Parco Cinque Terre is a group of five small villages that are spread along a rocky coastline that sits above the Mediterranean Sea in Liguria, Italy. It is also one of the 50 UNESCO sites in Italy.

Cinque Terre, Liguria, Italy
Cinque Terre, ph. by Marty Portier, via flickr

If you want a full day’s adventure these 5 villages can be reached by train. Trains leaves from each village station every 25 min in summer. If you begin your day early, you can definitely visit all 5 in a day. It will be e a long day but worth it.

If you’d rather take your time and enjoy the breathtaking views , just follow the tracks that connect the villages. Here is our suggestion for a day of walking.

View over the sea
View over the Ligurian sea by Andrea Ormizzolo via Flickr


Monterosso is the largest village and the oldest part (Borgo vecchio) is the most popular with tourists. Fegina, the newest part of the village, houses some lesser known gems like

  • “Villa Montale”, the summer home of Nobel awarded poet Eugenio Montale.
  • “The Giant”, which is the bomb-ravaged remains of a colossal Neptune statue once holding a shell shaped terrace.
    Stop in a café and have one “biscotto del Lagaccio”, a local pastry specialty.

As you leave Fegina and follow the red street signs you can easily reach Vernazza.
Please, keep in mind:you will enter the Parco delle Cinque Terre area and be required to buy the access ticket

The Giant in Monterosso (La Spezia) Cinque Terre
The Giant in Monterosso (La Spezia) – photography by Francisco Schmidt via Flickr


The inhabitants of Vernazza have ensured the village keep the original atmosphere of a fishermen’s port. It’s beautiful.

There you will find a 14th century church called Santa Margherita di Antiochia which is the most visited monument of this little village. If you are not too exhausted, you can reach Santuario della Madonna di Reggio by walking up the hill for approx. 45 minutes.
You will see the reproductions of some Stations of the Holy Cross, the trail Christian Catholics believe Jesus walked along his way to the Mount Gologota where he was crucified.

Then you if you leave Vernazza and want to head for Corniglia, it will take just one and a half hours. The track will take you through the typical Mediterranean vegetation: myrtle, olive trees, lemon trees, holms all whilst taking in the incredible ocean views.

Note: when reaching the small block of Prevo you will be at the highest point of the track that connects the five villages.

The little port of Vernazza, Cinque Terre
The little port of Vernazza, Cinque Terre, photography by Loïc Lagarde, via flickr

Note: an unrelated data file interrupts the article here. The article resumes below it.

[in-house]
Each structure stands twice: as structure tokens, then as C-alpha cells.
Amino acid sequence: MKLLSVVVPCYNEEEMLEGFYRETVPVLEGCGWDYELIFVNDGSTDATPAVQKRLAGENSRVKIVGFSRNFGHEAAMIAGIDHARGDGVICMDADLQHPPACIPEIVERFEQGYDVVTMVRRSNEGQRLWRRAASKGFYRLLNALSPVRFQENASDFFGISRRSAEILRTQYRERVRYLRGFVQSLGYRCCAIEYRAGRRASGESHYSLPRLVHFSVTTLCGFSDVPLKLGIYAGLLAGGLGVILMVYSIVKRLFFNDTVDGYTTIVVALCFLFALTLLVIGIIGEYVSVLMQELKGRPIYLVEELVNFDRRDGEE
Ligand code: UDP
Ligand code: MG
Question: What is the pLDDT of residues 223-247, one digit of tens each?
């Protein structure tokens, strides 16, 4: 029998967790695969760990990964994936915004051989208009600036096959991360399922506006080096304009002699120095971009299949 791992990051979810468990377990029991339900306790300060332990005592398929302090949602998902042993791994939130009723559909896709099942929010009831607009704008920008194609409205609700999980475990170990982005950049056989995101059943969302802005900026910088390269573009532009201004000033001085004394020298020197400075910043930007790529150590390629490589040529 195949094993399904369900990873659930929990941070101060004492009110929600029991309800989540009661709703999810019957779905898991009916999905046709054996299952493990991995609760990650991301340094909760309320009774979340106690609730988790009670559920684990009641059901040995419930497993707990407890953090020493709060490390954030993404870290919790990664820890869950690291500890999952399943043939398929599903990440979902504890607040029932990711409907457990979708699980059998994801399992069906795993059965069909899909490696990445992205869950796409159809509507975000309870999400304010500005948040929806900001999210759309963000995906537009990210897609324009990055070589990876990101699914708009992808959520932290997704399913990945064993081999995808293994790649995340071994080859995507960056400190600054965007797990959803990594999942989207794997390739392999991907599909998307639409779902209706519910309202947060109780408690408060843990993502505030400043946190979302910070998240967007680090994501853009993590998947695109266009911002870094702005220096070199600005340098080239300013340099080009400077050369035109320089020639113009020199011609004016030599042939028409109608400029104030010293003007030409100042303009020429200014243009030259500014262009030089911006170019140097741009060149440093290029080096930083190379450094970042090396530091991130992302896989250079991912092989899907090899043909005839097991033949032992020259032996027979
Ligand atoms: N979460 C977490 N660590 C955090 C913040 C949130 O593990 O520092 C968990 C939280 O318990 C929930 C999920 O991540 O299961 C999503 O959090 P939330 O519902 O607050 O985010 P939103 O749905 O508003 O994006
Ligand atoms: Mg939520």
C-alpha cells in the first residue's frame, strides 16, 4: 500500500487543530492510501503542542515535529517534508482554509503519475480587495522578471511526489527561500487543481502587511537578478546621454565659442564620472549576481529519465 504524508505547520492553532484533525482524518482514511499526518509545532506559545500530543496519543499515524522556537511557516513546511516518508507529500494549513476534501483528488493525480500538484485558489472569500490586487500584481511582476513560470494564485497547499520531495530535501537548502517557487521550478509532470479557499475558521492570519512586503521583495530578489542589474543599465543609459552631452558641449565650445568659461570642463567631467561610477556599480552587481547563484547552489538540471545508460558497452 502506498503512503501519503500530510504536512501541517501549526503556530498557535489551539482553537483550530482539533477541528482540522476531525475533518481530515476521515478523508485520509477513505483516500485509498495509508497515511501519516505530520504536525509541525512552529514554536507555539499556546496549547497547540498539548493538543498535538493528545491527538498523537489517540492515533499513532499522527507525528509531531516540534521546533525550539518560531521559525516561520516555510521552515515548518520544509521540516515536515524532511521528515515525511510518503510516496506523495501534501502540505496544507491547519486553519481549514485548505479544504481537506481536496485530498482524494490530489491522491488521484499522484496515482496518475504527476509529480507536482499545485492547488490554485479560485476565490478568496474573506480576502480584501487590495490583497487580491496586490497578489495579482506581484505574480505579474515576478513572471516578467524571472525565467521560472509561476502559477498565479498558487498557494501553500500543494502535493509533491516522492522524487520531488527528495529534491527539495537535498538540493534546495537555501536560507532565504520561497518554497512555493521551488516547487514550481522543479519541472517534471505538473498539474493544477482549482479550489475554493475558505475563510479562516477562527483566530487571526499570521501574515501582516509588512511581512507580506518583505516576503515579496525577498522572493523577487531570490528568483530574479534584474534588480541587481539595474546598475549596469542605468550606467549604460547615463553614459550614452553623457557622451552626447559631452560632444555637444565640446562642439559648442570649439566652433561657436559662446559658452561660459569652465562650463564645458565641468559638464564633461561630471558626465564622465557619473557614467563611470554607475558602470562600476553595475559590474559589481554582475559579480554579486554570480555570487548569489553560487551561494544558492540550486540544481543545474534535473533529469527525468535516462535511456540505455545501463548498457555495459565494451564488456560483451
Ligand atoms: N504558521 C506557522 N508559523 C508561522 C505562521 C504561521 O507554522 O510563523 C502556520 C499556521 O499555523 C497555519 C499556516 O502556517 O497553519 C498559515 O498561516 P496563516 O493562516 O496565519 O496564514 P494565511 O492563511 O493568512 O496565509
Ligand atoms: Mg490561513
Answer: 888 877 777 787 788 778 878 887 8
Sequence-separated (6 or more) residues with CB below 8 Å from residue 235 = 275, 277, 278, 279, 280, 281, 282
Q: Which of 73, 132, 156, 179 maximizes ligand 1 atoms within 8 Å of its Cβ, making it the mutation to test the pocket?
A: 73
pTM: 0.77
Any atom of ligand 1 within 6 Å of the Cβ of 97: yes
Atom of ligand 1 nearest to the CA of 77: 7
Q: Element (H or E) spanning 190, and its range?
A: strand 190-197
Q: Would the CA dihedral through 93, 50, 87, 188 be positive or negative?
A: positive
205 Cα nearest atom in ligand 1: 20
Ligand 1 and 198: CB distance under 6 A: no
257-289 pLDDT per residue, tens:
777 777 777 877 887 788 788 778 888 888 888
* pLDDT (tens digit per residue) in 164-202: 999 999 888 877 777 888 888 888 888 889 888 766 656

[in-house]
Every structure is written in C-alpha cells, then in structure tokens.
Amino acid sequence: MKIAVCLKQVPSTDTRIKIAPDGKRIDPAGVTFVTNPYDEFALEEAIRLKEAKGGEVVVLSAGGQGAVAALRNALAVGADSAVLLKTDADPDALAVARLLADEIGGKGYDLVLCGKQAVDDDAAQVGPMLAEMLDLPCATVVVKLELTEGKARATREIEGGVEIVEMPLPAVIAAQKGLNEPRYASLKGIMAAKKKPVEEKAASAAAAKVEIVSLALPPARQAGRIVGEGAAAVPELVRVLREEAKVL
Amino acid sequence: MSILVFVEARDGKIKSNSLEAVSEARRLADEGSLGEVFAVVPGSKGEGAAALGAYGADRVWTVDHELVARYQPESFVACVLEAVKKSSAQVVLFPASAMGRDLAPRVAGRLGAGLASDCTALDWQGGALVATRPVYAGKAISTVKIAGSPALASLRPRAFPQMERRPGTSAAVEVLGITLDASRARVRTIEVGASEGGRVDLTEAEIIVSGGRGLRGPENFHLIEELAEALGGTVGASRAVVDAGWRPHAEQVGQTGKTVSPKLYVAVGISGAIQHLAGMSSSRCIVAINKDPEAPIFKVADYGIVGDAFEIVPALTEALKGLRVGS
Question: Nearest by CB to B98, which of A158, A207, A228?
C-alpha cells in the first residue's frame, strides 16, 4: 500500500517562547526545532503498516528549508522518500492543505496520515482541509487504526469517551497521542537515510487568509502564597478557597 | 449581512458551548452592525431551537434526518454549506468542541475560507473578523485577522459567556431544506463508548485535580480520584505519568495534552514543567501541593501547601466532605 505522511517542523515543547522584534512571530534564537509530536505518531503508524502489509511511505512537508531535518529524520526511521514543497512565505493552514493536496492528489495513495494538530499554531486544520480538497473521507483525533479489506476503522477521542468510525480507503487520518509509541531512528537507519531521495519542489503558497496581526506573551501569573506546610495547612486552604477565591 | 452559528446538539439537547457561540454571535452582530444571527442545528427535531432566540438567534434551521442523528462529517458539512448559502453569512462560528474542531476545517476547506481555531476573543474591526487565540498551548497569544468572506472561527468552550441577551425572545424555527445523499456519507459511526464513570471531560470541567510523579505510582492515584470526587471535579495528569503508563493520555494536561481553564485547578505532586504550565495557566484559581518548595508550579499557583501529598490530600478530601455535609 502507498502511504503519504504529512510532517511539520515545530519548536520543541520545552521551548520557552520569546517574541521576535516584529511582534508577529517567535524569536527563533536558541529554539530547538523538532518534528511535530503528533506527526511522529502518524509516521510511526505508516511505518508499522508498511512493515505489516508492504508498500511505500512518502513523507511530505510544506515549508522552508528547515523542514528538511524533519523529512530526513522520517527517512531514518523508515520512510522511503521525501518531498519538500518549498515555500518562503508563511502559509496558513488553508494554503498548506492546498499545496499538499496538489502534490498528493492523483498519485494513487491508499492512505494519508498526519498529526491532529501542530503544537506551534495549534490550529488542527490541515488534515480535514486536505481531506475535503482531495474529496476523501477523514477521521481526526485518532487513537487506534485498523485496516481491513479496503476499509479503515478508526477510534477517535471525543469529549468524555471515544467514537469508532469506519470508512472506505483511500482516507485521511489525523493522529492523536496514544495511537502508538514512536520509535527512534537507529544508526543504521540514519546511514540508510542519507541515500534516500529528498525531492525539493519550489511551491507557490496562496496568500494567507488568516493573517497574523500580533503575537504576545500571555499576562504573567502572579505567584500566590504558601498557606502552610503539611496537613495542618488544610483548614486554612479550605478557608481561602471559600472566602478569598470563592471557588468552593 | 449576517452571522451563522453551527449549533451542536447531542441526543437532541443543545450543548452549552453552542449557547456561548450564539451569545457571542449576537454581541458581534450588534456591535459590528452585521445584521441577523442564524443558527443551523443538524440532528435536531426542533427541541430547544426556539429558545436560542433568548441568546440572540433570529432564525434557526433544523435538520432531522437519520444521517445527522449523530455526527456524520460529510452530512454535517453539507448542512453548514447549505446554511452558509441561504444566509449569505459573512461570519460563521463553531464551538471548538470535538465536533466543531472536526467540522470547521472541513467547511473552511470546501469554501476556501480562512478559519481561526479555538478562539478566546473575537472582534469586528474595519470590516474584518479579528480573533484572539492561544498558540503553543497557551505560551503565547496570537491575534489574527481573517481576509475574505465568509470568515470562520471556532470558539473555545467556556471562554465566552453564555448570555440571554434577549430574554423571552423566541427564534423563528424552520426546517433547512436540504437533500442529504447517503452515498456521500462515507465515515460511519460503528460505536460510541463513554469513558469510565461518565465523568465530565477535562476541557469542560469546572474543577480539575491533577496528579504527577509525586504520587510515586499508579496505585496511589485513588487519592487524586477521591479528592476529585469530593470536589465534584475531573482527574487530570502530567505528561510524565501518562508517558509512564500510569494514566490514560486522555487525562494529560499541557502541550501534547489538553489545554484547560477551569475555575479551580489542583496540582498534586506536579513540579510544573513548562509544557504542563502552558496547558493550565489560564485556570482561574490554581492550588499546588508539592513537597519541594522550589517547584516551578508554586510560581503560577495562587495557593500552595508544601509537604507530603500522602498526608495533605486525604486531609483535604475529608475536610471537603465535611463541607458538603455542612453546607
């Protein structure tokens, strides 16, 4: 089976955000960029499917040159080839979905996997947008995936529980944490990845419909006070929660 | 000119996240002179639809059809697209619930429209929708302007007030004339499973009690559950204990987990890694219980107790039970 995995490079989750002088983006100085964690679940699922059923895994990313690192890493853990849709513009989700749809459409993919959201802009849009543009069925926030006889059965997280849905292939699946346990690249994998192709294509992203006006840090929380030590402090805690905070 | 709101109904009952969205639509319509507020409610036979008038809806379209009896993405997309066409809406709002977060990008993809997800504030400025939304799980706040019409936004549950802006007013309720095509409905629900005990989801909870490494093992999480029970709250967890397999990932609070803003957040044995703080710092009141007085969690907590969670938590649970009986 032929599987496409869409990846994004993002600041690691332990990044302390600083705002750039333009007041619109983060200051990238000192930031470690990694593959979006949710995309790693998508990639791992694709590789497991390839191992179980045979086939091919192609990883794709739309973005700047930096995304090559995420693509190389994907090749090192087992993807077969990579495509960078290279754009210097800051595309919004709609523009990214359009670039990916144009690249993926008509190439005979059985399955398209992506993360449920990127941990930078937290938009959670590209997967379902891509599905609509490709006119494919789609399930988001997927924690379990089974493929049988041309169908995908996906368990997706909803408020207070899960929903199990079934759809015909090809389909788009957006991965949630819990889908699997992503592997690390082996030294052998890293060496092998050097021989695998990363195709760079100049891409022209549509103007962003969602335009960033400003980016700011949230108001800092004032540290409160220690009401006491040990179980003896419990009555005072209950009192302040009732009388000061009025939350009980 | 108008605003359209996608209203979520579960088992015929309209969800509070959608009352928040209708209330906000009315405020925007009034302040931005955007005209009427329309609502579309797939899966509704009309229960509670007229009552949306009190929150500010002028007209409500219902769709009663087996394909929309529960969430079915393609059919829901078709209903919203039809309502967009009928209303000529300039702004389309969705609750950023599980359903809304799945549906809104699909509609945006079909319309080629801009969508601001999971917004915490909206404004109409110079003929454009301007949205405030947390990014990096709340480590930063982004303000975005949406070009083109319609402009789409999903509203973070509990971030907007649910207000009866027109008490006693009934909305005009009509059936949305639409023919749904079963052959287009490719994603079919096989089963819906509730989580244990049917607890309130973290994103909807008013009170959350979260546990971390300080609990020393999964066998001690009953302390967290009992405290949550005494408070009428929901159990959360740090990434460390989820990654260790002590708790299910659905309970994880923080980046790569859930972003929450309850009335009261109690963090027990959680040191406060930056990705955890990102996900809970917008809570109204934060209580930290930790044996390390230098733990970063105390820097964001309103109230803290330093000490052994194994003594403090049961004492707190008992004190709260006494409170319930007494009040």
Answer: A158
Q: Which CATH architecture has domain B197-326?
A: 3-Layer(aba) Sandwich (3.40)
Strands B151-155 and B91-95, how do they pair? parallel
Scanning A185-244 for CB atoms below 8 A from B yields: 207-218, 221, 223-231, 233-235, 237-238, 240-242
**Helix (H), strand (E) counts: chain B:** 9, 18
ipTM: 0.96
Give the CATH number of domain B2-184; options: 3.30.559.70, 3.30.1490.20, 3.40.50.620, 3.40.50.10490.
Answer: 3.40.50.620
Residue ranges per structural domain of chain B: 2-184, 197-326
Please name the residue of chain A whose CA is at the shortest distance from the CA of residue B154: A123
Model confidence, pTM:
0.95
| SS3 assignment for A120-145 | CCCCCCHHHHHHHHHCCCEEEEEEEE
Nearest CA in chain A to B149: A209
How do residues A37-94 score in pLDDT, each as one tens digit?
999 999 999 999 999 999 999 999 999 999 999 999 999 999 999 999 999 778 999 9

The village of Corniglia dates back to the 14th century. You really must stop here a minute and let your eyes gaze over the other four villages of Le Cinque Terre.
Have a pause to taste te original “Focaccia di Recco”, the focaccia filled with melting cheese which is famous worldwide.
Then from Corniglia head to Volastra and from there Manarola.

Corniglia, Cinque Terre, Italy
Corniglia, ph. by Shane Lin, via flickr


The Senterio Azzurro that takes you from Corniglia to Manarola is closed due to the landslide that occurred some years ago, therefore you will be forced to go through the little borough of Volastra.
Manarola is a tiny port and its main charm can be found in the little tracks that lead from the back of the village to some of the best panoramic points. If you are an avid photographer you cannot miss the great photo opportunity from just beneath the little cemetery in this port village.

Photo by Matyas Prochy on Unsplash


From there you can get to Riomaggiore by walking along via Beccara.
This village is tiny and colourful!!
Our tip? Have an iced coffee in one of the little cafés that opens onto the little road going up to the castle then browse in the small shops for some typical souvenirs.
If you are at sunset, find a lovely corner, sit and order a glass of Sciachetrà, a local sweet wine, to admire the colours and light of Cinque Terre.

Where to sleep: Affittacamere Dai Baracca
Once an old tower, Dai Baracca is now a lovely place for a short stay in Cinque Terre.

Riomaggiore, Cinque Terre
Riomaggiore, Cinque Terre, ph. by Artur Staszewski, via flickr

3 good reasons to stay in Dai Baracca Guesthouse:

  1. it is an ancient tower converted into a guest house. I never slept in a medieval tower? Here’s your chance
  2. it’s an eco-friendly hospitality because waste and energy consumes are minimized, cleaning products are natural, and provides an excellent breakfast with organic foods and kmzero.
  3. there is a roof terrace on Riomaggiore village from which to admire the houses of fishermen and let your eyes wander over the sea. Perfect!

Good to know:

The Sentiero Azzurro is closed in many points.
You can walk fro one village to the other coosing the tracks at the back of the coastal line: tracks are free and the view is not less charming
If you prefer to reach the vilages by train, have a look at the different proposals of the local park authority
Cinque Terre Card
Cinque Tette Train Card

Info: Cinque Terre walking itinerary

Cover Image: Manarola, Cinque Terre, ph. by Bastien M, via flickr

Author: Cristiana Pedrali

"Loving your job is the closest you can get to happiness on earth” (Rita Levi Montalcini) and “when real people fall down in real life they get back on their feet and carry on walking” (Carrie Bradshaw, Sex and the City): these are my two mantras. I’m a bit like this: I go through being serious to playful to help me manage a thousand different interests and commitments, keeping a smile through it all. I work in the tourism industry and on the web and every so often I look for some breathing space through reading and travel!
More posts by Cristiana Pedrali →

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